The Lawyer Global Litigation Top 50 report is the only ranking of international law firms by litigation and arbitration revenue and is essential reading for anyone seeking to benchmark their litigation and dispute resolution practices...
This year, The Lawyer’s annual ranking of the largest UK law firms by turnover is available as an interactive, digital benchmarking tool. For the first time this will allow you to manipulate each data set against the metrics of your choice.
WILLIAM MALCOLM ADAMSON, 49, admitted 1972 and DAVID HEWITT, 43, admitted 1975, practised in partnership as Malcolm Adamson & Co, Heywood, Lancashire, struck off and reprimanded respectively and ordered to pay costs of £3,399 (Adamson 80 per cent and Hewitt 20 per cent). Allegations substantiated they failed to keep properly written accounts and wrongly drew client account money. Adamson also found to have used client funds for own or other improper purposes, to have failed to honour terms of professional undertaking given to lending institutions and to have failed to carry out instructions received from lending institution clients. Tribunal told Adamson had paid money out in connection with a property developer which should not have left client account. It was accepted that in terms of moral responsibility the culpability lay with him, not Hewitt. However, it was possible as result of what had taken place Solicitors Indemnity Fund could face claims of up to £5 million. Tribunal said the case revealed a shocking state of affairs. Adamson had known what he was doing, known it was wrong and had concealed it from his partner.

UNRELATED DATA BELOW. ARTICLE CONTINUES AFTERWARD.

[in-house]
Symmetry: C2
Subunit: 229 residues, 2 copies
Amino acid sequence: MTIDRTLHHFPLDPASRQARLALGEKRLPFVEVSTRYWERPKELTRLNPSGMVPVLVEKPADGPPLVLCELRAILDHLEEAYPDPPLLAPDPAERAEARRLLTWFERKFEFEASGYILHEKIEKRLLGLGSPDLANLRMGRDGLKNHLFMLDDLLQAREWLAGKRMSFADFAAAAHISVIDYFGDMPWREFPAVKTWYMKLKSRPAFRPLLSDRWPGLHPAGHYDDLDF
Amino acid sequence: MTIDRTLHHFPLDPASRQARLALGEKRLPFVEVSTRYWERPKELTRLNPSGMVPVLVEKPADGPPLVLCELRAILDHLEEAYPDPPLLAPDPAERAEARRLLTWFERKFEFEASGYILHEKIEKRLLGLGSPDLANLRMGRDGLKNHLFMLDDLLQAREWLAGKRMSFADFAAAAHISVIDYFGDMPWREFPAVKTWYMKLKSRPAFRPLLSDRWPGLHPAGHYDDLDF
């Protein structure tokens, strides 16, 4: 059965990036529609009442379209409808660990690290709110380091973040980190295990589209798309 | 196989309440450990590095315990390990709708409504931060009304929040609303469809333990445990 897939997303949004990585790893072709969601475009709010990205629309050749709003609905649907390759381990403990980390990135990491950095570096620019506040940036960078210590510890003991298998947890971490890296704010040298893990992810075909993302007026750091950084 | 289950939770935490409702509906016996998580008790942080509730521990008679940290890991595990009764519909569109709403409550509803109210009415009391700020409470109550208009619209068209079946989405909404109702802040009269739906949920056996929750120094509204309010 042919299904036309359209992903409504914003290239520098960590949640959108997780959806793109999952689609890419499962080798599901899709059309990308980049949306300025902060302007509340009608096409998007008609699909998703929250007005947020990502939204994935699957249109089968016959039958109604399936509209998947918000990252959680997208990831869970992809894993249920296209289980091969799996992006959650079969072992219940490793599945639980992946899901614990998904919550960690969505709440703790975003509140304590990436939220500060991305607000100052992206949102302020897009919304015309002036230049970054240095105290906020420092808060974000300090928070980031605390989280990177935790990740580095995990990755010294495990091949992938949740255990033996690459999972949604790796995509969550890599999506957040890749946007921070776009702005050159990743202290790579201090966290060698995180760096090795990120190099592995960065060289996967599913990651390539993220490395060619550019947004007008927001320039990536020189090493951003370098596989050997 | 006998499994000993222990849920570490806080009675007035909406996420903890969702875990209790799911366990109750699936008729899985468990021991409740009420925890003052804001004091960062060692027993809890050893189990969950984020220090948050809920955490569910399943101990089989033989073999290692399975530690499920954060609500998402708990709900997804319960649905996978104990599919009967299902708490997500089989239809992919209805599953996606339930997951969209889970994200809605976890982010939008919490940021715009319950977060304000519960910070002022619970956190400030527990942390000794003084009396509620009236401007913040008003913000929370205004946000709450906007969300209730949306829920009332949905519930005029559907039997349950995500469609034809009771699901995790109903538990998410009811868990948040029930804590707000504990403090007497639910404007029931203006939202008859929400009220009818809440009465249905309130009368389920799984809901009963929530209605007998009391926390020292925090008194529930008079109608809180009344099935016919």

ROGER ALASTAIR MURRAY, 40, admitted 1980, practised as Murray & Co, Lancaster, suspended and ordered to pay costs of £3,991. Allegations substantiated he wrongly drew and used client funds for own purposes and failed to keep properly written accounts. Tribunal told dishonesty not alleged but improper movement of client money had resulted in 26 applications to Law Society Compensation Fund totalling £2,559 with pending applications totalling £61,099. Murray in tribunal submissions said that his business had centred on domestic conveyancing work which had been badly affected by housing market recession, was now on income support, and he had an alcohol problem. Tribunal said while he had not acted dishonestly he had not acted with the integrity required of a solicitor.
JOHN WILLIAM HOWARD LLEWELYN, 55, admitted 1966, practising as Howard Llewelyn & Co, Brecon, Powys, fined £1,000 and ordered to pay £650 costs. Allegations substantiated he unreasonably delayed submission of accountants report and failed or failed with reasonable expedition to reply to Solicitors Complaints Bureau correspondence. In submissions to tribunal Llewelyn said he had been surprised by his behaviour and asked it to view his failures as not being a deliberate act of commission on his part. Tribunal said the timely filing of accountant's reports was extremely important and represented first bulwark of Law Society in establishing a solicitor was not placing client funds in jeopardy. It was unacceptable for a solicitor to ignore letters addressed to him by his own professional body. Failure rendered it impossible for complaints bureau to carry out its proper policing function.